“I need an HIV test,” says the 16-year-old sitting in front of me. He’s come to the sexual health clinic with his best friend and is explaining the purpose of his visit.
I’ve heard this before. A young person who has had little (or no) unprotected sex and isn’t concerned about chlamydia or gonorrhea or herpes or the common cold – all far more likely to contract from most kinds of intimate contact – but is convinced they need an HIV test.
So why is HIV this kid’s main concern?
Could be from media coverage about rising HIV rates in the younger population. Or maybe friends are starting to come out as gay so he’s made an unfounded leap. Or perhaps he’s reacting to the stigma around HIV as being the archetypal STI – the one that’s made the most headlines, carries with it a lingering perception of fatality, and is “with you for life”?
Of course, there’s always a chance his concern is warranted. Maybe he is having the kind of sex that legitimately puts him at a higher risk of getting HIV. I take stock of my assumptions and ask for details about his sexual encounters.
Turns out he’s had sex a couple times. Turns out he’s only had one sexual partner, a 16-year-old girl he used to date. Turns out they had oral and vaginal sex. Turns out sometimes they used condoms, sometimes they didn’t.
I ask if there was anything in particular he was worried about? Any symptoms? Or had she told him she tested positive an infection?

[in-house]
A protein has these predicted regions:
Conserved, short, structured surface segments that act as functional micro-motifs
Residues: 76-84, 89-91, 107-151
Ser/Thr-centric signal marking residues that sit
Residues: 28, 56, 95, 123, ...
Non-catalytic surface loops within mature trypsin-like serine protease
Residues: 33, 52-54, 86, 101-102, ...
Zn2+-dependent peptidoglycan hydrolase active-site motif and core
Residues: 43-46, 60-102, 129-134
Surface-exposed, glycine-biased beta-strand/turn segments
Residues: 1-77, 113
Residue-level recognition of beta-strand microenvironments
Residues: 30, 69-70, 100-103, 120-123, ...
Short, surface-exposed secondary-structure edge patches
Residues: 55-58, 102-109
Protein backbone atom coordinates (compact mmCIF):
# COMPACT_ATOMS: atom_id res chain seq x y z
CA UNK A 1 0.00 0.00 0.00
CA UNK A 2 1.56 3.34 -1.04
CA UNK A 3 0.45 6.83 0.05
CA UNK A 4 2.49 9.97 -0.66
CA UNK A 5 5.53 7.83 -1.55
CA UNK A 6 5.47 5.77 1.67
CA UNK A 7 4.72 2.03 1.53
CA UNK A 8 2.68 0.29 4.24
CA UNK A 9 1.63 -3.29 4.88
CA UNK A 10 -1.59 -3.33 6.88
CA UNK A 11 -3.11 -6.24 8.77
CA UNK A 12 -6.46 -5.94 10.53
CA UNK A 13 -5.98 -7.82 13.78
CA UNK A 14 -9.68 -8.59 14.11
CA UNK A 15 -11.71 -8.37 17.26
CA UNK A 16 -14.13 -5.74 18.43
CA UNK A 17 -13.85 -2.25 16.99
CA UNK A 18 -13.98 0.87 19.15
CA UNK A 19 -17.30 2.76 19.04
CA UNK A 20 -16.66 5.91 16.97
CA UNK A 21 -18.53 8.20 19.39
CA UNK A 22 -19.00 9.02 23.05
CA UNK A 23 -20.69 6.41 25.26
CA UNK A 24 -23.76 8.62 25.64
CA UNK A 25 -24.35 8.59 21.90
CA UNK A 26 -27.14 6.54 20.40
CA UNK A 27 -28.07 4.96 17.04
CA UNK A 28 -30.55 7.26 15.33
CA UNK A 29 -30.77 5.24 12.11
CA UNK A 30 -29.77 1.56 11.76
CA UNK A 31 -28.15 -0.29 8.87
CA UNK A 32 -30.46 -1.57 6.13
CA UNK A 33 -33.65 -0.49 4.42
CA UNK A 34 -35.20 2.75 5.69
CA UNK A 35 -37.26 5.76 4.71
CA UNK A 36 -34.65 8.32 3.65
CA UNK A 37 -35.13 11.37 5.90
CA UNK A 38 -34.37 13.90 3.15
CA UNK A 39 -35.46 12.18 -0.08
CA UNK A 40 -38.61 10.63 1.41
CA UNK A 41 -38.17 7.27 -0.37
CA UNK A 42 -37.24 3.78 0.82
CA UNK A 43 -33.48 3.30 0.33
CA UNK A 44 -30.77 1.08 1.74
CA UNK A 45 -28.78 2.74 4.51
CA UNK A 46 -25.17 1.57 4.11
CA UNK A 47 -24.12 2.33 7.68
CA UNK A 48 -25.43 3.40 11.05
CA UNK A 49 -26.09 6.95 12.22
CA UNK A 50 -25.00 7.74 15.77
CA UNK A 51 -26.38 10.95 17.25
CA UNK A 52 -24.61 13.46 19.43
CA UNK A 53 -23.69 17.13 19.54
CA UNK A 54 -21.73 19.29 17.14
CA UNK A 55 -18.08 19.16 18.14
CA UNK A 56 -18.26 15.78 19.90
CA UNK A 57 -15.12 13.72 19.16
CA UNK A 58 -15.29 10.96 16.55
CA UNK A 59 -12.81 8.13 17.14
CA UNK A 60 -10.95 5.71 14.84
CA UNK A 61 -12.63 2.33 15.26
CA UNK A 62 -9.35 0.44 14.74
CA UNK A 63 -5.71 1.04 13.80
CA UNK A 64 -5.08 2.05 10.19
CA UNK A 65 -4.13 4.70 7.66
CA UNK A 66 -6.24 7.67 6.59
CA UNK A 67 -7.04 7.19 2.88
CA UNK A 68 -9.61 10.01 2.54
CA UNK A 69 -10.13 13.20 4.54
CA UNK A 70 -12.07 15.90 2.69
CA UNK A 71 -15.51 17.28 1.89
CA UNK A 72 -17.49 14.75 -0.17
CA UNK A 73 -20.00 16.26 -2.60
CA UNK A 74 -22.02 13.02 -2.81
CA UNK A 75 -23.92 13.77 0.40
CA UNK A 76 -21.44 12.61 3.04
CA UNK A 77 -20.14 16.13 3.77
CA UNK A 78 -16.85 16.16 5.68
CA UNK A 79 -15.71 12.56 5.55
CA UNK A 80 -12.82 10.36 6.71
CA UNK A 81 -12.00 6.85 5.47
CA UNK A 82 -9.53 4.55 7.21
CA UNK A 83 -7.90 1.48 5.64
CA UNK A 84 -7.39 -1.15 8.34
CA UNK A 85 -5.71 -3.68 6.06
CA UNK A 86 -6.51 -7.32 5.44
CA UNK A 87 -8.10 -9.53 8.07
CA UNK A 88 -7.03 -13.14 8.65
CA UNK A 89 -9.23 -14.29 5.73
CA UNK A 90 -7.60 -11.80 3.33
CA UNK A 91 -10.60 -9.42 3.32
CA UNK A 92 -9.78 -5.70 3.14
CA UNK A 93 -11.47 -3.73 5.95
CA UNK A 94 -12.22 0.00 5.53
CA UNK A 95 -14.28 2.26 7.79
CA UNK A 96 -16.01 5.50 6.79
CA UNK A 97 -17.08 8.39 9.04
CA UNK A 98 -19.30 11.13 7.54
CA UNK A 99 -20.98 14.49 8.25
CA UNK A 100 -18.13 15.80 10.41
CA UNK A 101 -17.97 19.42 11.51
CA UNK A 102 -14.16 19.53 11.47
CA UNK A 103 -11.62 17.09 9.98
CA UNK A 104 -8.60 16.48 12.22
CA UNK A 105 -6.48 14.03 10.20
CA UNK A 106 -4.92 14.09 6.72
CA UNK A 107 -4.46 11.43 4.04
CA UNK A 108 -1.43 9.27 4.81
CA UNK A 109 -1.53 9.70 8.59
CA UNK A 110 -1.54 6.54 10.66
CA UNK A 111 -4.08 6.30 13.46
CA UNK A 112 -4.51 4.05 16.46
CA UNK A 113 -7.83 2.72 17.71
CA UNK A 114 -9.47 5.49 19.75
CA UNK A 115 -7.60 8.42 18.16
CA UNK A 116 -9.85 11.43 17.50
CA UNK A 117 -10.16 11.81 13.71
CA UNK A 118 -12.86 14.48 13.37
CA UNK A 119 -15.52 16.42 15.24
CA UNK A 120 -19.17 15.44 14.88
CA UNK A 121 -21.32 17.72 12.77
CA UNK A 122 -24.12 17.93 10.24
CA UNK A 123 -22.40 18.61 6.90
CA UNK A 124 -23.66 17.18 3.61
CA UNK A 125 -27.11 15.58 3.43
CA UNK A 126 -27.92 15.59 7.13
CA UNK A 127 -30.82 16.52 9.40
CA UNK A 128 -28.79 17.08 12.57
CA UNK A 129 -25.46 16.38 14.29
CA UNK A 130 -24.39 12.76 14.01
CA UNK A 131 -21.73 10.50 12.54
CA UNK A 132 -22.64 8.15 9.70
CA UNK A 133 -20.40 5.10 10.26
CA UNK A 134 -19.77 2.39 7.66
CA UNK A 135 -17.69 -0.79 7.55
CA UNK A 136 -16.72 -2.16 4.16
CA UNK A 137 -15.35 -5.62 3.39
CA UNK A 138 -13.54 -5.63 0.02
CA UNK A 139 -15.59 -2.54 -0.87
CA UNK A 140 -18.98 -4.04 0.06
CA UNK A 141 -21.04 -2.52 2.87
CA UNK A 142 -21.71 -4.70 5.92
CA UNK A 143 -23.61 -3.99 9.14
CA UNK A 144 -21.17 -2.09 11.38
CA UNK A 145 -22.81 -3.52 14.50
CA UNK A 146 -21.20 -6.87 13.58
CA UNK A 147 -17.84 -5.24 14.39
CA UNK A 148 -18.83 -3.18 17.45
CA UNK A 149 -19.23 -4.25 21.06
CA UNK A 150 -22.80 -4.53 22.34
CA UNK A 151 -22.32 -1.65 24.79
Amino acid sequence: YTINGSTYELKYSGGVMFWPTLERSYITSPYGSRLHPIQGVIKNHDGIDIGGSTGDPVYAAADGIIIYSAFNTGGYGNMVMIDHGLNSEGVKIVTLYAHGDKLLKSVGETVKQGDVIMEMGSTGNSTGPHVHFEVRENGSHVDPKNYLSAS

A skank. That’s why he’s worried about HIV. His ex is a skank. I see…
When you work in sexual health, there are countless shocking moments. And I don’t use the word “shocking” metaphorically: something happens to make you legitimately feel like an electrical current is coursing through your body. Sometimes you feel this jolt when you successfully help someone through a tough situation. Sometimes it’s when you see a wave of relief over a negative pregnancy test. But mostly, you are shocked by the sheer impropriety, ignorance, and obliviousness of what someone has candidly said to you. This was one of those moments.
He just called her a skank. Just like slut, ho, whore, and hussy, he used it how countless others do: to refer to a female in a way that negatively frames her in relation to her sexuality. The electrical jolt has super-charged my thoughts: “Take him down! Ream him out! Shout that he is being a sexist pig and he should never use that word again!!!”
I wrestle down my violent instincts. The best I can muster is to feign confusion. I blurt out, “I’m sorry, I didn’t hear what you said,” hoping to buy myself a millisecond of time to calm down. As soon as the shock passes through my system, I’ll regain clarity and think of a constructive way to respond.
He repeats: “She’s a skank.”
I stare at him with a confused expression. Apparently my brain needs just one more millisecond of processing time.
He looks at me like I’m an idiot and attempts to expand my seemingly limited lexicon:
Alright. That’s it buddy. It’s on.
I stick with the ignorant act and ask him what those two words mean to him. He explains she’s had a lot of sex with a lot of guys. I gaze into the distance thoughtfully, as though he’s just enlightened me with some exceedingly interesting morsel of insight. But I’m thinking: this is my chance to teach this kid about skanks and hoes!
With a look of utter innocence, I ask him:
“What do you call a guy who’s had a lot of sex with a lot of people?”
“I dunno, a player I guess,” he says.
Alright, this is good. He’s helping me learn these completely novel terms.
Entirely oblivious to the dragon’s den into which I am luring him, I ask how a guy might feel if someone calls him a player?
Broad grins flash onto his and his mate’s faces as they glance at each other. It’s good to be a player, they both agree.